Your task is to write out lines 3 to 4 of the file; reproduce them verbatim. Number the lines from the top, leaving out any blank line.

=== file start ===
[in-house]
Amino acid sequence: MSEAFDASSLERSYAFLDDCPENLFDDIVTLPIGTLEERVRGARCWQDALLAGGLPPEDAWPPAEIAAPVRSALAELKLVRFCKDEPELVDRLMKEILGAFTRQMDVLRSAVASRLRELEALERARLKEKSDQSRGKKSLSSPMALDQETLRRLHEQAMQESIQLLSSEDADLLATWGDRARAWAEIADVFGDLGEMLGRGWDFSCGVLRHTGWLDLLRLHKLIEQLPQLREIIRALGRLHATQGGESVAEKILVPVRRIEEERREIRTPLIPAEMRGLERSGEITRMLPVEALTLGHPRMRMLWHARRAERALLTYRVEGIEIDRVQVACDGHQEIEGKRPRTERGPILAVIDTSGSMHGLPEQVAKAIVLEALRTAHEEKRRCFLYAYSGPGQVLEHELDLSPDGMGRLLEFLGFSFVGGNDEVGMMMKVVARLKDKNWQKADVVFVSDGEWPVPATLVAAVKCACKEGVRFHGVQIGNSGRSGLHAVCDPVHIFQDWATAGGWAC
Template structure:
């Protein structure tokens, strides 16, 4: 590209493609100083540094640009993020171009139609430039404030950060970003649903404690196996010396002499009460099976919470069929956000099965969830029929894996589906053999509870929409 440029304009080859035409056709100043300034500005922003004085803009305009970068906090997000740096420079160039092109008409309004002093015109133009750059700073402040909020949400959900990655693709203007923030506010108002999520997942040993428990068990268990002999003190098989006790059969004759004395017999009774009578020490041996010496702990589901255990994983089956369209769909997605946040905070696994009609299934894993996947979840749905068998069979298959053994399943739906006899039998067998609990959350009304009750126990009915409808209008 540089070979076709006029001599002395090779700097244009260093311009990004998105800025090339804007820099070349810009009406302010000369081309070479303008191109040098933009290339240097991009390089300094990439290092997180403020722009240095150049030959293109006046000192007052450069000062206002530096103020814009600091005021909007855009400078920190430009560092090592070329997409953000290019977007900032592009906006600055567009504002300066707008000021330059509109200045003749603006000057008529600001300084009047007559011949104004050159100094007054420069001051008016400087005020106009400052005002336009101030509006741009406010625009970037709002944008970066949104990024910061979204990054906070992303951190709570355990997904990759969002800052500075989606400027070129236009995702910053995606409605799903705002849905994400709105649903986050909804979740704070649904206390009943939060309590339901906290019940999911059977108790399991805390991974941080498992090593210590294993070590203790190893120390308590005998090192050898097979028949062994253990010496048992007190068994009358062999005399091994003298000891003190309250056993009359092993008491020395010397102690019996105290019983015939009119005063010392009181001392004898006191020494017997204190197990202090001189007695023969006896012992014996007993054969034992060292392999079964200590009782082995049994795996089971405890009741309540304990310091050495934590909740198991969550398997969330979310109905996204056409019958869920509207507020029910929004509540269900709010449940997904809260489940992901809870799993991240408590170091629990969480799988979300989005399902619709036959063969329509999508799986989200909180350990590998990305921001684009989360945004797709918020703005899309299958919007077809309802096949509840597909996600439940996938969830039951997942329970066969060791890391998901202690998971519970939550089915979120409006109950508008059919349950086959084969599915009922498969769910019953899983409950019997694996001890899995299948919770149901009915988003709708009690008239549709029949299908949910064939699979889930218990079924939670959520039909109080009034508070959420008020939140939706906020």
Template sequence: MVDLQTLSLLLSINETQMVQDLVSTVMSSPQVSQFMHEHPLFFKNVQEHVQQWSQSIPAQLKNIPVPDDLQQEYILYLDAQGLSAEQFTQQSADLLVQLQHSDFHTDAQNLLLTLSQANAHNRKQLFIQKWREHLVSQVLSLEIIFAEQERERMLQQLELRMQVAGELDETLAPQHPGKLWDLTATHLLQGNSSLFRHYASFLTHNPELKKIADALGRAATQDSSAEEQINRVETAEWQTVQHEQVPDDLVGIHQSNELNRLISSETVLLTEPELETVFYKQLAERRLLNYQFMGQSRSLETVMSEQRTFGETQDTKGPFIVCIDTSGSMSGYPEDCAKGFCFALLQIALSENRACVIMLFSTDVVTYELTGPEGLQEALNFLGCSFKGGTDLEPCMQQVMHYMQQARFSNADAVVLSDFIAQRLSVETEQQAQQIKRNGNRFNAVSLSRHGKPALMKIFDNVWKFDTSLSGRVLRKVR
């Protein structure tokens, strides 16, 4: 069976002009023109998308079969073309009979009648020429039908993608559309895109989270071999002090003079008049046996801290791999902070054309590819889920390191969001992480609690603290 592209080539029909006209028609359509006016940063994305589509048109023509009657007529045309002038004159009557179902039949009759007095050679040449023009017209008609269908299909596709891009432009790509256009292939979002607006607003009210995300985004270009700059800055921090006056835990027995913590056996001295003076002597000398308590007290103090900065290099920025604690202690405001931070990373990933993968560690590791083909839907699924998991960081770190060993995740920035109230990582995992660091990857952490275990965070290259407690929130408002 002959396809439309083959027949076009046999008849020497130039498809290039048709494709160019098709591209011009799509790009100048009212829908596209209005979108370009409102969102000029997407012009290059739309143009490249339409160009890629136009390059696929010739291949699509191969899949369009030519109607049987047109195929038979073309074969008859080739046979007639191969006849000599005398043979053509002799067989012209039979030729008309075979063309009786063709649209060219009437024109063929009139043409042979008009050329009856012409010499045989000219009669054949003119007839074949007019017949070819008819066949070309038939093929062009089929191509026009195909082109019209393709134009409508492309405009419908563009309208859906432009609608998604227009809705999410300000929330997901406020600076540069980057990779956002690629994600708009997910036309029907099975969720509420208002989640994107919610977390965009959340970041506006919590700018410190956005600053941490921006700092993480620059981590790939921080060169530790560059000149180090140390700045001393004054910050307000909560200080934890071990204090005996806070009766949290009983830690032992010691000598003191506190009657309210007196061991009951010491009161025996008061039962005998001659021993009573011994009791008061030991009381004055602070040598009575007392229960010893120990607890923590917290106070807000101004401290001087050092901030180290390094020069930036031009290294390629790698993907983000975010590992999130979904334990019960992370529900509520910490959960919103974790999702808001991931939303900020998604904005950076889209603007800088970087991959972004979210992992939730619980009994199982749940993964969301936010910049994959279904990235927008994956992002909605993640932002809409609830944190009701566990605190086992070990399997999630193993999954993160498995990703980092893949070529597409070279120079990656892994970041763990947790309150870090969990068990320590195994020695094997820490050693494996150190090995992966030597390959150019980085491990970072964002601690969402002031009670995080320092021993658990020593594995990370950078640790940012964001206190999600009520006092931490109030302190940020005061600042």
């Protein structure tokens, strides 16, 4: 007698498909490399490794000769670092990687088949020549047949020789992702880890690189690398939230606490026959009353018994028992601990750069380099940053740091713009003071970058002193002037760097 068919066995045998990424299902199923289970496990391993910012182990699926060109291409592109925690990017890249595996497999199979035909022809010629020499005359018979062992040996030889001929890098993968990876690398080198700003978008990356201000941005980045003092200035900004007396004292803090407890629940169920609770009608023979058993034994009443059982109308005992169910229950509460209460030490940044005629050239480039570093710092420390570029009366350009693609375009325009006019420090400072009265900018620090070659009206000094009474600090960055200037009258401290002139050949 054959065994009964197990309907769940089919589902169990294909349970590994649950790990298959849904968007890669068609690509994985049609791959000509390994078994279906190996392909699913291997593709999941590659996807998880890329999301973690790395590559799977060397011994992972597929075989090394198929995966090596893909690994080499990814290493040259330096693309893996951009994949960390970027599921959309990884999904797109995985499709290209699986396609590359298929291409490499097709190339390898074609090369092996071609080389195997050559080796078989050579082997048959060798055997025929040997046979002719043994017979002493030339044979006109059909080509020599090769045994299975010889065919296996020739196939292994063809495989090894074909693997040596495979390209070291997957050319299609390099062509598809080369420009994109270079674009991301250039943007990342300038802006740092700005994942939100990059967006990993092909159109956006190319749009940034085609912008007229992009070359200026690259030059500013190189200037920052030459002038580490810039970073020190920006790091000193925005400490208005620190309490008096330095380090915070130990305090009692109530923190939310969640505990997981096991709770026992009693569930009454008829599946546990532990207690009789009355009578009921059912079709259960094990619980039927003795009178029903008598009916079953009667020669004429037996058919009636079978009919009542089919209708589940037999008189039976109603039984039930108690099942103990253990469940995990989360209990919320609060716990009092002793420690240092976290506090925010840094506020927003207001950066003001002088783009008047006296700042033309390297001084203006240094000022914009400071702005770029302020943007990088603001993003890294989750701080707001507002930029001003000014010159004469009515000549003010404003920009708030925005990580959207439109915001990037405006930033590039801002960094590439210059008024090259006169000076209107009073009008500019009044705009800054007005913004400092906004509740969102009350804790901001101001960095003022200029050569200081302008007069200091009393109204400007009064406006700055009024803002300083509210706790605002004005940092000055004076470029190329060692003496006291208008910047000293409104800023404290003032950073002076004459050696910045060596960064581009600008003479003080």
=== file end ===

Template structure:
């Protein structure tokens, strides 16, 4: 590209493609100083540094640009993020171009139609430039404030950060970003649903404690196996010396002499009460099976919470069929956000099965969830029929894996589906053999509870929409 440029304009080859035409056709100043300034500005922003004085803009305009970068906090997000740096420079160039092109008409309004002093015109133009750059700073402040909020949400959900990655693709203007923030506010108002999520997942040993428990068990268990002999003190098989006790059969004759004395017999009774009578020490041996010496702990589901255990994983089956369209769909997605946040905070696994009609299934894993996947979840749905068998069979298959053994399943739906006899039998067998609990959350009304009750126990009915409808209008 540089070979076709006029001599002395090779700097244009260093311009990004998105800025090339804007820099070349810009009406302010000369081309070479303008191109040098933009290339240097991009390089300094990439290092997180403020722009240095150049030959293109006046000192007052450069000062206002530096103020814009600091005021909007855009400078920190430009560092090592070329997409953000290019977007900032592009906006600055567009504002300066707008000021330059509109200045003749603006000057008529600001300084009047007559011949104004050159100094007054420069001051008016400087005020106009400052005002336009101030509006741009406010625009970037709002944008970066949104990024910061979204990054906070992303951190709570355990997904990759969002800052500075989606400027070129236009995702910053995606409605799903705002849905994400709105649903986050909804979740704070649904206390009943939060309590339901906290019940999911059977108790399991805390991974941080498992090593210590294993070590203790190893120390308590005998090192050898097979028949062994253990010496048992007190068994009358062999005399091994003298000891003190309250056993009359092993008491020395010397102690019996105290019983015939009119005063010392009181001392004898006191020494017997204190197990202090001189007695023969006896012992014996007993054969034992060292392999079964200590009782082995049994795996089971405890009741309540304990310091050495934590909740198991969550398997969330979310109905996204056409019958869920509207507020029910929004509540269900709010449940997904809260489940992901809870799993991240408590170091629990969480799988979300989005399902619709036959063969329509999508799986989200909180350990590998990305921001684009989360945004797709918020703005899309299958919007077809309802096949509840597909996600439940996938969830039951997942329970066969060791890391998901202690998971519970939550089915979120409006109950508008059919349950086959084969599915009922498969769910019953899983409950019997694996001890899995299948919770149901009915988003709708009690008239549709029949299908949910064939699979889930218990079924939670959520039909109080009034508070959420008020939140939706906020």